</Accessibility guidelines for creating and giving presentations>

Measures taken to improve accessibility for people with specific needs usually benefit the wider population. We encourage the adaptation of mainstream activities and environments to be as encompassing as possible to as many people as possible, enabling disabled and non-disabled people to have similar experiences.

We have collated some tips for creating and giving an accessible presentation, so that our conference sessions are inclusive. Please take these into consideration when creating your presentation. If you have any questions or feedback, please email ioc@bath.ac.uk


  • Include a unique title on each slide. People who are not able to view the slide often have software that uses slide titles for navigation and selection.
  • Check the slide reading order. People who cannot view the slide will hear slide text, shapes and content read in a particular order.
  • Check the accessibility of your PowerPoint presentation on the Microsoft website: https://bit.ly/36cVyVk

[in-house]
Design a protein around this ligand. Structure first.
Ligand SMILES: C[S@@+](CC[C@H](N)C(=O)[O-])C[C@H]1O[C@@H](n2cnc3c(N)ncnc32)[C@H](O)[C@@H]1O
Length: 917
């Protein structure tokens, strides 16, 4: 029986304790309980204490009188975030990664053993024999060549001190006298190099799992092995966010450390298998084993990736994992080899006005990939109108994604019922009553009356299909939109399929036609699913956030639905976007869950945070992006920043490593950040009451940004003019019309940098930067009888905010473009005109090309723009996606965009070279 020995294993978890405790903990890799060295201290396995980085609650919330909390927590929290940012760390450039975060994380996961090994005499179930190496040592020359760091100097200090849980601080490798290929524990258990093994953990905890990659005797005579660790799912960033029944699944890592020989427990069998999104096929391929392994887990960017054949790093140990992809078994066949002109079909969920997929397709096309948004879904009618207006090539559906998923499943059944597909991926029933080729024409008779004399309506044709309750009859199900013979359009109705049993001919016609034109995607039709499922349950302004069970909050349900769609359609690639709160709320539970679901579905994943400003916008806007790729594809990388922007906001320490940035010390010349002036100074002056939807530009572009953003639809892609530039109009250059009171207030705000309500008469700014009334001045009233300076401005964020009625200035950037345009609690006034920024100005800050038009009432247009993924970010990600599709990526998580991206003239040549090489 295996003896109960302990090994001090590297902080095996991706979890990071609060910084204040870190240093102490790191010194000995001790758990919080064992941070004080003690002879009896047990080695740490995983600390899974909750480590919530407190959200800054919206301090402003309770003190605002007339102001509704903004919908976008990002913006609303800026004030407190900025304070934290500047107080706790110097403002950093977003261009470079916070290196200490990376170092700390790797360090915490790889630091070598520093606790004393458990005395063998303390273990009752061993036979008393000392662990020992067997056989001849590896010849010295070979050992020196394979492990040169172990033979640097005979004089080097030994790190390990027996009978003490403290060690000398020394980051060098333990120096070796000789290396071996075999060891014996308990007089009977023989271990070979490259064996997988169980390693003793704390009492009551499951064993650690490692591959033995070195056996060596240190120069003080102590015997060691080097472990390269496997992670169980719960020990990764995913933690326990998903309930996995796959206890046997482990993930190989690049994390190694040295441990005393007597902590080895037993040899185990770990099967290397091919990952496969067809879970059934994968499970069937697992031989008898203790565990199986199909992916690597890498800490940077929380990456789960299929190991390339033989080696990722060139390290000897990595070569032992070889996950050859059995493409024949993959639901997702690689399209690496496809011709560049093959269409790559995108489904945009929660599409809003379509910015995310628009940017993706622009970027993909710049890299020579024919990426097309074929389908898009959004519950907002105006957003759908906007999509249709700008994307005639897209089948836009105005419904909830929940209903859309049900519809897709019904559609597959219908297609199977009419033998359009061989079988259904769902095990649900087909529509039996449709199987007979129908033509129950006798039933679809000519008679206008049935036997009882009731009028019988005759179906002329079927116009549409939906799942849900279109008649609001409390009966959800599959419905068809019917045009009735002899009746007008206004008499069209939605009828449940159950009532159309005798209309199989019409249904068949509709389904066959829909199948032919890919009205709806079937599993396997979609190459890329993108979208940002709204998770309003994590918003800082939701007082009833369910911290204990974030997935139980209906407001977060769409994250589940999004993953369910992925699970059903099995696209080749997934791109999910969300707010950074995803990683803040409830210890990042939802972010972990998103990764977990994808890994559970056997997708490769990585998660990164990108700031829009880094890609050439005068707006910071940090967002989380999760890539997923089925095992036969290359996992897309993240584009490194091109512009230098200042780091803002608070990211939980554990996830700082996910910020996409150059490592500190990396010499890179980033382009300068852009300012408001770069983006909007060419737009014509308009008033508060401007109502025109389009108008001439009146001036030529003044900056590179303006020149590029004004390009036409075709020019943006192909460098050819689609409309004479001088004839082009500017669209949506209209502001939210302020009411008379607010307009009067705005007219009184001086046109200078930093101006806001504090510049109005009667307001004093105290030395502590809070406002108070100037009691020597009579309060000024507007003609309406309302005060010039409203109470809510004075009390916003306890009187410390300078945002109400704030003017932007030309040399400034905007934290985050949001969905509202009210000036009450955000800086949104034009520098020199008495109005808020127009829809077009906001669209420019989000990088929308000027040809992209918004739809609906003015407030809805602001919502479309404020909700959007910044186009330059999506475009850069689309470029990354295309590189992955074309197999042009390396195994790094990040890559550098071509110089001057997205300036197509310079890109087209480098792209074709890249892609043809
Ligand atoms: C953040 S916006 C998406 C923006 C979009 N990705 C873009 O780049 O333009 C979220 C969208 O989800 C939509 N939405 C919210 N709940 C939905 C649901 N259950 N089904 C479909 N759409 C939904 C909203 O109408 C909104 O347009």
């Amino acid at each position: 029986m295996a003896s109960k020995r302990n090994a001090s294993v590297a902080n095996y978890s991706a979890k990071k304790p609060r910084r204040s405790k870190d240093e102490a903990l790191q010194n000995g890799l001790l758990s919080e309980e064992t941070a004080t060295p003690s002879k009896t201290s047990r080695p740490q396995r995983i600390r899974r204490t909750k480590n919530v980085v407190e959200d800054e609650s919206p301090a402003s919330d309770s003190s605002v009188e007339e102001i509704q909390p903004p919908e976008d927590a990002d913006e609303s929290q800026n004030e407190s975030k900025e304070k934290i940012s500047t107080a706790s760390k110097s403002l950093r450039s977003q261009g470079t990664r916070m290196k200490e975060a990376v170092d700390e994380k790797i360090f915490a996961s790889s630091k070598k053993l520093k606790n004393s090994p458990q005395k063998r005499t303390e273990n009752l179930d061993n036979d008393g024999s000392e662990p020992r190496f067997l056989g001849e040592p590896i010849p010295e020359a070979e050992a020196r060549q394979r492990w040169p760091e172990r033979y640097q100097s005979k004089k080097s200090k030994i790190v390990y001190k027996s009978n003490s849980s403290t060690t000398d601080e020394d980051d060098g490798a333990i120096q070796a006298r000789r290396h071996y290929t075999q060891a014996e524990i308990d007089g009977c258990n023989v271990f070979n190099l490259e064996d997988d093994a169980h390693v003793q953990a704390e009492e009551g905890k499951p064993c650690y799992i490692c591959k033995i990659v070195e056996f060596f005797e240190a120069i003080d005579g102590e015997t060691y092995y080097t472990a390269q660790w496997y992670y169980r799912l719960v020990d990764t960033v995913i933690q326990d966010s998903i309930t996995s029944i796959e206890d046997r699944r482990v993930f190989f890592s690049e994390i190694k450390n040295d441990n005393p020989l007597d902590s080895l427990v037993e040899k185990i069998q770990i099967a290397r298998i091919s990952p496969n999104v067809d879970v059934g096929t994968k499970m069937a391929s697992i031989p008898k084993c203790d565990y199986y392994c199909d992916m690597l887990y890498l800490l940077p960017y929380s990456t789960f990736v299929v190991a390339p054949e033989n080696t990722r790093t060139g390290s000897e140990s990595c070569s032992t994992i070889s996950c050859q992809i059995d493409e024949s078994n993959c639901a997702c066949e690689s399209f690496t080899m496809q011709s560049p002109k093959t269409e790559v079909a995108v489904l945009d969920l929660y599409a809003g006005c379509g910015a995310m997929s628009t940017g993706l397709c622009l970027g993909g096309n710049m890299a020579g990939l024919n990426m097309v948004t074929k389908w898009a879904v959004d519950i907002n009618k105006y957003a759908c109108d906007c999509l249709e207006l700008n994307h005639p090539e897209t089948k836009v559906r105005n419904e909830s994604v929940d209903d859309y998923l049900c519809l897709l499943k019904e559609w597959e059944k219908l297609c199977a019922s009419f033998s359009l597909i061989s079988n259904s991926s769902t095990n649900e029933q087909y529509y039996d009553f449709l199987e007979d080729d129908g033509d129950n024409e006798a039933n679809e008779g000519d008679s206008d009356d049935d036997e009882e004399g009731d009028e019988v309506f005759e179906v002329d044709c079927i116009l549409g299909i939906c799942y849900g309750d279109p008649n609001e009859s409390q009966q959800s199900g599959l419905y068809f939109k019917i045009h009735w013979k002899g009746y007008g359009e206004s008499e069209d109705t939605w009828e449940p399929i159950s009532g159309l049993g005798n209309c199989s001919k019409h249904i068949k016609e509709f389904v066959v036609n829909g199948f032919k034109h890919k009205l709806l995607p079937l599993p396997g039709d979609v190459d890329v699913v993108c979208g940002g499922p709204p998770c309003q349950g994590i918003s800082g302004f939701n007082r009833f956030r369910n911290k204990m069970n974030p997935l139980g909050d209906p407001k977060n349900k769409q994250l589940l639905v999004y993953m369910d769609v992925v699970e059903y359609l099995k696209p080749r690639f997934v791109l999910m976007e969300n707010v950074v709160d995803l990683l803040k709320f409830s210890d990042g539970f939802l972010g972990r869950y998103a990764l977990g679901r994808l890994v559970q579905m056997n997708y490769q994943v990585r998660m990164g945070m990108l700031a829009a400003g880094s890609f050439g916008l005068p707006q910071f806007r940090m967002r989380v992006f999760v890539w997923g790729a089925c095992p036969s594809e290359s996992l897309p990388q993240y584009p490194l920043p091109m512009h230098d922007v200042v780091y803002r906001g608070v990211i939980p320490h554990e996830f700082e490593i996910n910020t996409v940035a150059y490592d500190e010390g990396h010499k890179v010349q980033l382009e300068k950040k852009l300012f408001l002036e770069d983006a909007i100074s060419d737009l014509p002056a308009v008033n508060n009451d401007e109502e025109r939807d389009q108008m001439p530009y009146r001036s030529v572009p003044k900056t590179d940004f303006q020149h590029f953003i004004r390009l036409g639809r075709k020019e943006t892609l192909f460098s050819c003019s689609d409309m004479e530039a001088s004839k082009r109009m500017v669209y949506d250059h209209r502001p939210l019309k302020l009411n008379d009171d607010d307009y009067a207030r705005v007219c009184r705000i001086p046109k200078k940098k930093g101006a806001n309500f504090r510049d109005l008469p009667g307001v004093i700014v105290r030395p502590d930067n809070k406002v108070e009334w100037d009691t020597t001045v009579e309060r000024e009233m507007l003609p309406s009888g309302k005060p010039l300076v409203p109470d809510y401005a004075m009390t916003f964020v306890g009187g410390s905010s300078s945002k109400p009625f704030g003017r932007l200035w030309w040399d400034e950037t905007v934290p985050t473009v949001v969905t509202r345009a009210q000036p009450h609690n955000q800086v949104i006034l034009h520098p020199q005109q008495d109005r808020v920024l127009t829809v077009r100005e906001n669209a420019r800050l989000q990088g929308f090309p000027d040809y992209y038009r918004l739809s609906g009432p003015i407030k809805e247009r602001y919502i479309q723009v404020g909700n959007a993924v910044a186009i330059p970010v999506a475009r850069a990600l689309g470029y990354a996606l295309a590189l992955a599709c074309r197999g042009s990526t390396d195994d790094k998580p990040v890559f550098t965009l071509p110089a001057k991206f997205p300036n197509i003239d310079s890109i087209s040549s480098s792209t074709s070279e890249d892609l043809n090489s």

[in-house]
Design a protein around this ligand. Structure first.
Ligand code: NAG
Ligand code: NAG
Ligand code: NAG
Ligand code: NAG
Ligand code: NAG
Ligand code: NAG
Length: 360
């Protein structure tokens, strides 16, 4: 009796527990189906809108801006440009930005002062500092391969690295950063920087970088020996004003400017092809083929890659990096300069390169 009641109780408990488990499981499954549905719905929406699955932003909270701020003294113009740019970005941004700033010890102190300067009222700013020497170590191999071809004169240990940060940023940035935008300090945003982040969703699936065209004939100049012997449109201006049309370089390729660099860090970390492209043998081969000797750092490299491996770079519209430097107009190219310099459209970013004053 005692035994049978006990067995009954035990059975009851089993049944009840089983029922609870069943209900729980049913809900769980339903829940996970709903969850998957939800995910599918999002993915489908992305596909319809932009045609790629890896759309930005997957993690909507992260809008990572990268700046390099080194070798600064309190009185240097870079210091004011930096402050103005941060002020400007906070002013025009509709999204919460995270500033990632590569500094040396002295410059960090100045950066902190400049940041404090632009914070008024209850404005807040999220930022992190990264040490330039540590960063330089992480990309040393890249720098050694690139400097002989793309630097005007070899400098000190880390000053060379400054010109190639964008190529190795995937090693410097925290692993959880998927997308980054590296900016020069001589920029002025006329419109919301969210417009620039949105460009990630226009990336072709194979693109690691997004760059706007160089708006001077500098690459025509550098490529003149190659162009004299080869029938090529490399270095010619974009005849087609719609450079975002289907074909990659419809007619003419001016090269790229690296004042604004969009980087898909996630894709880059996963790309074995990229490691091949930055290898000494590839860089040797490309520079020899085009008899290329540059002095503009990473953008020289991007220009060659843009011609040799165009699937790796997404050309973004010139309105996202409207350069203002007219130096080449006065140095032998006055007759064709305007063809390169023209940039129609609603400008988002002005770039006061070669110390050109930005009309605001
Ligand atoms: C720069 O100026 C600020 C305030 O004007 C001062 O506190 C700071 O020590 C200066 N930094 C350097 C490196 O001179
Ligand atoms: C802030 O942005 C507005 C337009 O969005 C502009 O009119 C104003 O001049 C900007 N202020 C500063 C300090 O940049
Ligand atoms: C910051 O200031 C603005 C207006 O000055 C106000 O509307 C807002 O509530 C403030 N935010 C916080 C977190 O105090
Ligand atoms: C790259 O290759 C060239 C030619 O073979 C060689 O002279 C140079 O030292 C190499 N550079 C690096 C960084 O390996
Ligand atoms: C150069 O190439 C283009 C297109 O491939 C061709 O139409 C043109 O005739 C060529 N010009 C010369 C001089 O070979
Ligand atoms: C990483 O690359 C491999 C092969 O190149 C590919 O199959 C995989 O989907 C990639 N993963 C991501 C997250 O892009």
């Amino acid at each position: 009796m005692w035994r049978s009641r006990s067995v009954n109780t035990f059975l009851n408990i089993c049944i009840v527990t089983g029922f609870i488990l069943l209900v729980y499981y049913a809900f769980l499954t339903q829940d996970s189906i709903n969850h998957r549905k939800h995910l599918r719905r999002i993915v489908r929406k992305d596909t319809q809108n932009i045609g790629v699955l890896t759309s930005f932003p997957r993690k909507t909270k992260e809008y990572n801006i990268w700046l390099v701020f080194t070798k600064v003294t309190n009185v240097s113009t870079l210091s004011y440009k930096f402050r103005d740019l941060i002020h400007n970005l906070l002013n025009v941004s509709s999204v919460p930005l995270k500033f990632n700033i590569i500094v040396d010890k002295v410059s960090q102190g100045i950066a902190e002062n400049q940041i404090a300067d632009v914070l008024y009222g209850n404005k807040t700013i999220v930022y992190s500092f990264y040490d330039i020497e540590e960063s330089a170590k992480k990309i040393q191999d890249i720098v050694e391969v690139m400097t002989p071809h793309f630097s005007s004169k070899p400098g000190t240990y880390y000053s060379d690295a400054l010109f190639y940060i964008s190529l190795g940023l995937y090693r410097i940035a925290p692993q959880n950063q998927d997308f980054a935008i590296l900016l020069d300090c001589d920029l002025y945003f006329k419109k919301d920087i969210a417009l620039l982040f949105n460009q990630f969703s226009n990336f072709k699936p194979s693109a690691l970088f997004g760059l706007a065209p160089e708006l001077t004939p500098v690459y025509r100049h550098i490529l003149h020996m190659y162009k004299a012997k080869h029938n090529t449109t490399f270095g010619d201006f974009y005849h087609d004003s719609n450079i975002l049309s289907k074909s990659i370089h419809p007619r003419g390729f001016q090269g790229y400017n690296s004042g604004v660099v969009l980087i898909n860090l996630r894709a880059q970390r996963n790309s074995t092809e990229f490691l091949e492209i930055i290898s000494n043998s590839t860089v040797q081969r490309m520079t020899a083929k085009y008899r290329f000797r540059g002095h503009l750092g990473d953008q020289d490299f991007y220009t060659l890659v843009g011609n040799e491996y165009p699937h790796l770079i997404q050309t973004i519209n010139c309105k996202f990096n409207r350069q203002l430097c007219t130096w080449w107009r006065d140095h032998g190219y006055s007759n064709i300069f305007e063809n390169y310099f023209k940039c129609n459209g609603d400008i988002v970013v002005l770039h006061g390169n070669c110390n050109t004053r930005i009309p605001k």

• Ensure your font size is large enough – no smaller than 16pt.
  • Use a sans serif font if possible – options include Arial, Verdana, Calibri or Helvetica. An example of a serif font to avoid is Times New Roman.
  • Avoid using only block capitals, particularly for whole sentences.
  • Align text to the left margin wherever possible.
  • Avoid layering text over images, as this can make the text difficult to read.

Images and videos

  • Wherever possible, add an alt text description to images in your presentation. This allows screen readers to identify the images if someone is viewing the presentation after the conference.
  • If you are using audio or video components, please add a caption explaining what it will cover, and use subtitles.
  • Avoid excess animation or flashing images/gifs/videos.


  • Use high contrast colour schemes wherever possible. You can check the colour contrast of your colour scheme on this website: https://webaim.org/resources/contrastchecker/
  • If using text over a coloured background, making the text bold or increasing the font size will make it easier to read.
  • Ensure that colour is not the only means of conveying information.

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